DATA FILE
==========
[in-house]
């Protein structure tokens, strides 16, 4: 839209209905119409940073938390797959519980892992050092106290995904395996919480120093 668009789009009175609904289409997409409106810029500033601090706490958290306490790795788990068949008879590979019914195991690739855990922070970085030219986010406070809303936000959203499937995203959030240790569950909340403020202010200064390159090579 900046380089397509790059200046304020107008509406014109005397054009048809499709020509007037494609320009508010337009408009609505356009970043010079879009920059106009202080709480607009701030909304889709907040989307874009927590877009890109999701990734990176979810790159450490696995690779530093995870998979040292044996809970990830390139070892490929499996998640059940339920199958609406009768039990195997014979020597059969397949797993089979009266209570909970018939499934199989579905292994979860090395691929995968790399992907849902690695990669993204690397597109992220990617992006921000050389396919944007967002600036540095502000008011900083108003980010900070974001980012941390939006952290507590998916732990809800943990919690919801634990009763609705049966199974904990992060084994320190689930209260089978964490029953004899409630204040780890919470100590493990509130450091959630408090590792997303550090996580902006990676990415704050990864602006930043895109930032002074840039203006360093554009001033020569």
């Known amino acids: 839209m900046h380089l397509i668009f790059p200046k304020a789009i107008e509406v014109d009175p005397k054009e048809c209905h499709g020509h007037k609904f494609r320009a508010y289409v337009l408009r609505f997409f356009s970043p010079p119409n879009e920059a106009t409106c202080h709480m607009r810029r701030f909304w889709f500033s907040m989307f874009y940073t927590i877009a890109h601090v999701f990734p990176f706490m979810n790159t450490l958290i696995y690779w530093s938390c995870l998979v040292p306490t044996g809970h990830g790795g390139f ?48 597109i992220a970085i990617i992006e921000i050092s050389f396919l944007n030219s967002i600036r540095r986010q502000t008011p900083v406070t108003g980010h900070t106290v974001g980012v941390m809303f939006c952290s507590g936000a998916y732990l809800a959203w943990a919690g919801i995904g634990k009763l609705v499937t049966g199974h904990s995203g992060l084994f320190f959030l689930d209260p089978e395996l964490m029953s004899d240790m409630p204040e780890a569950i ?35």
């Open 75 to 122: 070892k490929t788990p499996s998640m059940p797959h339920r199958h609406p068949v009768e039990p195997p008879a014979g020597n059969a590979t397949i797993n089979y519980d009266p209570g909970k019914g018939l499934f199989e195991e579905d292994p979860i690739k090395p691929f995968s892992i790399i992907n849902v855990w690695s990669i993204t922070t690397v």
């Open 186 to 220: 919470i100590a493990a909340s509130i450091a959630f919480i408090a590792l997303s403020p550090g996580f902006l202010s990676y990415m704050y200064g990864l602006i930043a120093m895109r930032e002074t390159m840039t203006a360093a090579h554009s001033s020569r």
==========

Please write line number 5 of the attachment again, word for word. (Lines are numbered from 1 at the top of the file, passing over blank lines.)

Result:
């Open 186 to 220: 919470i100590a493990a909340s509130i450091a959630f919480i408090a590792l997303s403020p550090g996580f902006l202010s990676y990415m704050y200064g990864l602006i930043a120093m895109r930032e002074t390159m840039t203006a360093a090579h554009s001033s020569r």